3D printing increases efficiency and reduces waste, making it a valuable tool in efforts to make manufacturing more sustainable. Its applications range from medical devices to aerospace — and possibly even drinking water.
Earlier this month General Electric announced a project with the Department of Energy that uses 3D printed turbines in a process that could make desalinated seawater 20 percent less costly to produce.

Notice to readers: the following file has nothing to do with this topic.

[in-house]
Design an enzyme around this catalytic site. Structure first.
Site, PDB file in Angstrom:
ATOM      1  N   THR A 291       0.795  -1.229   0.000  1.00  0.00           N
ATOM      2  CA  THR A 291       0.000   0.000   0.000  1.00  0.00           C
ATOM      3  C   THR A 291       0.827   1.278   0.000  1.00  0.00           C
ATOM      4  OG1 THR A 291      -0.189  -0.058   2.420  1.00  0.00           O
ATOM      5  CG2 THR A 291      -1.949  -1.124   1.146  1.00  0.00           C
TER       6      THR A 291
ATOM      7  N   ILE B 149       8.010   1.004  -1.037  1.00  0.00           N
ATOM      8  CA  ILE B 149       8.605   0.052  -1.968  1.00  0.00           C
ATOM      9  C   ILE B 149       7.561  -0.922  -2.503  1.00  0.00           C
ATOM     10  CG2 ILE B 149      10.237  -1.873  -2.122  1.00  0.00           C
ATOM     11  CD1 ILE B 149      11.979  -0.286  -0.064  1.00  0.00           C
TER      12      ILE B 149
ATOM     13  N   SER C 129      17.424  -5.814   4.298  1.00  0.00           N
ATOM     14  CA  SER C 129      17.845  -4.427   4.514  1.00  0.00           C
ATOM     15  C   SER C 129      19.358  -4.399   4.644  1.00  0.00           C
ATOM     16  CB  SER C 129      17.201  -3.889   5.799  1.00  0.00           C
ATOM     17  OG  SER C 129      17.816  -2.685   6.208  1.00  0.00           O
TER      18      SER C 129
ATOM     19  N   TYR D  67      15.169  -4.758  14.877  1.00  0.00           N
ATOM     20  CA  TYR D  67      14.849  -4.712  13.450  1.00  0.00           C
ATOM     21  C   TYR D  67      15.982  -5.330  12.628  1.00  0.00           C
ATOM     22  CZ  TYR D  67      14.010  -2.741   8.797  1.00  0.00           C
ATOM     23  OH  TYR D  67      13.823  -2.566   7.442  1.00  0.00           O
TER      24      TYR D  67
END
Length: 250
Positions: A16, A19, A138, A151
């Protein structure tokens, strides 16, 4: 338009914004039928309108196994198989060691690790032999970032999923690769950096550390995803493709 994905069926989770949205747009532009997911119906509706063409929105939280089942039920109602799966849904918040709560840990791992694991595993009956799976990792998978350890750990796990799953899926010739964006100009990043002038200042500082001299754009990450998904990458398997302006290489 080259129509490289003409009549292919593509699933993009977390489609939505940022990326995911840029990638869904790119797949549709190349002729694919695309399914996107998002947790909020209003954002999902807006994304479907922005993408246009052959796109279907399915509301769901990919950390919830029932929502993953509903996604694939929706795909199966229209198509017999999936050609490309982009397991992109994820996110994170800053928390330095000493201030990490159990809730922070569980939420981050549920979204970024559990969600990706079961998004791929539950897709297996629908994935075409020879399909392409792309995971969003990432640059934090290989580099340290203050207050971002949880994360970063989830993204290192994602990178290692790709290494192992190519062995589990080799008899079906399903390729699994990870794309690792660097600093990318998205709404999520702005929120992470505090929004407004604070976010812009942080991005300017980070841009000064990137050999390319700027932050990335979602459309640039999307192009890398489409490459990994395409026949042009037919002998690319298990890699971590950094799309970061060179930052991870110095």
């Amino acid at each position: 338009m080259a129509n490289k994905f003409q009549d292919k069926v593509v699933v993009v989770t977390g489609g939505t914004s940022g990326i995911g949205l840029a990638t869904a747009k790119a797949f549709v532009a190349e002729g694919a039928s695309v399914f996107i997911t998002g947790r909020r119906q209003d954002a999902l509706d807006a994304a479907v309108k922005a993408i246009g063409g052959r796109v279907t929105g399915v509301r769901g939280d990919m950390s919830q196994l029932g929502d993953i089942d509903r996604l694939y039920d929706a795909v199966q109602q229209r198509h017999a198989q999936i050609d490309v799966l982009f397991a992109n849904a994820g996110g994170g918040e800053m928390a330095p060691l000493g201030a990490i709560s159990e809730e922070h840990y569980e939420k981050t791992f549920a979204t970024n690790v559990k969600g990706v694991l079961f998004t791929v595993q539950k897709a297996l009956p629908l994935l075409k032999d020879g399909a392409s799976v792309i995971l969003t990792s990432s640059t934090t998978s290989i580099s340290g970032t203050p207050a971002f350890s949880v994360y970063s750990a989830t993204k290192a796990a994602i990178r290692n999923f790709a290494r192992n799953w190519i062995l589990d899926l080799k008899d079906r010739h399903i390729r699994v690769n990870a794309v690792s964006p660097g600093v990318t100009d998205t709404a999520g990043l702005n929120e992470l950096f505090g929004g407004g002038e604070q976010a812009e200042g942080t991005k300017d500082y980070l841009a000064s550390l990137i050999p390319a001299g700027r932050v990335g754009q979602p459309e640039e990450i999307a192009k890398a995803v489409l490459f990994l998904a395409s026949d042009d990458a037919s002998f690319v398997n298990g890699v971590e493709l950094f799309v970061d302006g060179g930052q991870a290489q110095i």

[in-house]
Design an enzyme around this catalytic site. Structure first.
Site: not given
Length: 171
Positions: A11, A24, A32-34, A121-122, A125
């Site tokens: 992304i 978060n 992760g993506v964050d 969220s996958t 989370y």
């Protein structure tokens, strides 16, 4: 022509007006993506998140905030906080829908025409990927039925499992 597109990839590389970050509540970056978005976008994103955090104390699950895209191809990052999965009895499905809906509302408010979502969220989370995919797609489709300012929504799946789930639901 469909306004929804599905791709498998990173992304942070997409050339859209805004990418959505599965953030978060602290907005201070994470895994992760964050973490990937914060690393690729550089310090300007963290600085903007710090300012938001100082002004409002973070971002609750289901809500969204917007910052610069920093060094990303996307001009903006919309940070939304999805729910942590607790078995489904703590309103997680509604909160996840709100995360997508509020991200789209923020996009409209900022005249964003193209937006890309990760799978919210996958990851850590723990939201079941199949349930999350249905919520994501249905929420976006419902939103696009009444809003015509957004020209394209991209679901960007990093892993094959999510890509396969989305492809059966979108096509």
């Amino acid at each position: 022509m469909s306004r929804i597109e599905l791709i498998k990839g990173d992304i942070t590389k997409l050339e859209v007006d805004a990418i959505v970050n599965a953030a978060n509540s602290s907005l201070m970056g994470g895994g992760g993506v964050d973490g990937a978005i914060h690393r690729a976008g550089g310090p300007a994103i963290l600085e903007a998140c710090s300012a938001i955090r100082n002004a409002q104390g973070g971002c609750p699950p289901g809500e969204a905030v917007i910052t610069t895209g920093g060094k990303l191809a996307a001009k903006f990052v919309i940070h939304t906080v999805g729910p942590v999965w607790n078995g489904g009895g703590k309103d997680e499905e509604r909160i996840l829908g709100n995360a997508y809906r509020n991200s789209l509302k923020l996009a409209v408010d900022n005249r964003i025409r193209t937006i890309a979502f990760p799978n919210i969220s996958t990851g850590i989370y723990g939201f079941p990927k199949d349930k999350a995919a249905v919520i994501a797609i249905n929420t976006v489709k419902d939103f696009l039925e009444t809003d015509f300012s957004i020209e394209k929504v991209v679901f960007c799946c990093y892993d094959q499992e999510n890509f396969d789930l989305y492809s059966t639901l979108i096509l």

The environmental and economic benefits of 3D printing have the potential to transform traditional manufacturing through cost reductions, energy saving and reduced CO2 emissions, according to a paper published last month in the journal Energy Policy. 3D printing can potentially reduce manufacturing costs by $170 billion to $593 billion, energy use by 2.54–9.30 exajoules (EJ) and CO2 emissions by 130.5 to 525.5 metric tons by 2025, the paper says. The range within the savings is due to the immature state of the technology and the associated uncertainties of predicting market developments.